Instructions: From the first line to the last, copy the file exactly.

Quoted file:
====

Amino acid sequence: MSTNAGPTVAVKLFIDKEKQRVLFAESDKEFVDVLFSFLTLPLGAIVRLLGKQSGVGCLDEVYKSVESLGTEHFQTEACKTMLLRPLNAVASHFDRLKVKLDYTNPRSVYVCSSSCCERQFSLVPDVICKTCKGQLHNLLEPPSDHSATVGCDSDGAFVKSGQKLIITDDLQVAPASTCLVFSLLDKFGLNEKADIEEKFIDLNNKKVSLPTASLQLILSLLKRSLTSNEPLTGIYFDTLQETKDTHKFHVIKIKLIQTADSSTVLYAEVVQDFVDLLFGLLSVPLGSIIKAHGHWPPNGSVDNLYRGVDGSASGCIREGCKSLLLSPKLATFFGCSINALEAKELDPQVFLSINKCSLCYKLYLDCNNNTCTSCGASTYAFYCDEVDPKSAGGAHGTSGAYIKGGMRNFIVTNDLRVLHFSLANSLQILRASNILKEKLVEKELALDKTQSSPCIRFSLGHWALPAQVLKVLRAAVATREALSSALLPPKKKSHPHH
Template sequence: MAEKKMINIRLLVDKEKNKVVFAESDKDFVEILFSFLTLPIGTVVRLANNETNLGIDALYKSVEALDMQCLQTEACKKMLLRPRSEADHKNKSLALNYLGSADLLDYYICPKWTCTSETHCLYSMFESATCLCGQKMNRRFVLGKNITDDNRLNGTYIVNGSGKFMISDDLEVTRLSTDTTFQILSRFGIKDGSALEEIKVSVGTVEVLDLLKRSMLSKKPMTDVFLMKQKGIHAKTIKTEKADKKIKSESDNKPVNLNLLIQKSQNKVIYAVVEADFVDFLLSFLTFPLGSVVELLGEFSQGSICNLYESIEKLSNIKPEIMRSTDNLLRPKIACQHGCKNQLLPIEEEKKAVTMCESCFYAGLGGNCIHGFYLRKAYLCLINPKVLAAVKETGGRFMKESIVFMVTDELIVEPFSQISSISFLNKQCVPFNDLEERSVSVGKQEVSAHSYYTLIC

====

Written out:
Amino acid sequence: MSTNAGPTVAVKLFIDKEKQRVLFAESDKEFVDVLFSFLTLPLGAIVRLLGKQSGVGCLDEVYKSVESLGTEHFQTEACKTMLLRPLNAVASHFDRLKVKLDYTNPRSVYVCSSSCCERQFSLVPDVICKTCKGQLHNLLEPPSDHSATVGCDSDGAFVKSGQKLIITDDLQVAPASTCLVFSLLDKFGLNEKADIEEKFIDLNNKKVSLPTASLQLILSLLKRSLTSNEPLTGIYFDTLQETKDTHKFHVIKIKLIQTADSSTVLYAEVVQDFVDLLFGLLSVPLGSIIKAHGHWPPNGSVDNLYRGVDGSASGCIREGCKSLLLSPKLATFFGCSINALEAKELDPQVFLSINKCSLCYKLYLDCNNNTCTSCGASTYAFYCDEVDPKSAGGAHGTSGAYIKGGMRNFIVTNDLRVLHFSLANSLQILRASNILKEKLVEKELALDKTQSSPCIRFSLGHWALPAQVLKVLRAAVATREALSSALLPPKKKSHPHH
Template sequence: MAEKKMINIRLLVDKEKNKVVFAESDKDFVEILFSFLTLPIGTVVRLANNETNLGIDALYKSVEALDMQCLQTEACKKMLLRPRSEADHKNKSLALNYLGSADLLDYYICPKWTCTSETHCLYSMFESATCLCGQKMNRRFVLGKNITDDNRLNGTYIVNGSGKFMISDDLEVTRLSTDTTFQILSRFGIKDGSALEEIKVSVGTVEVLDLLKRSMLSKKPMTDVFLMKQKGIHAKTIKTEKADKKIKSESDNKPVNLNLLIQKSQNKVIYAVVEADFVDFLLSFLTFPLGSVVELLGEFSQGSICNLYESIEKLSNIKPEIMRSTDNLLRPKIACQHGCKNQLLPIEEEKKAVTMCESCFYAGLGGNCIHGFYLRKAYLCLINPKVLAAVKETGGRFMKESIVFMVTDELIVEPFSQISSISFLNKQCVPFNDLEERSVSVGKQEVSAHSYYTLIC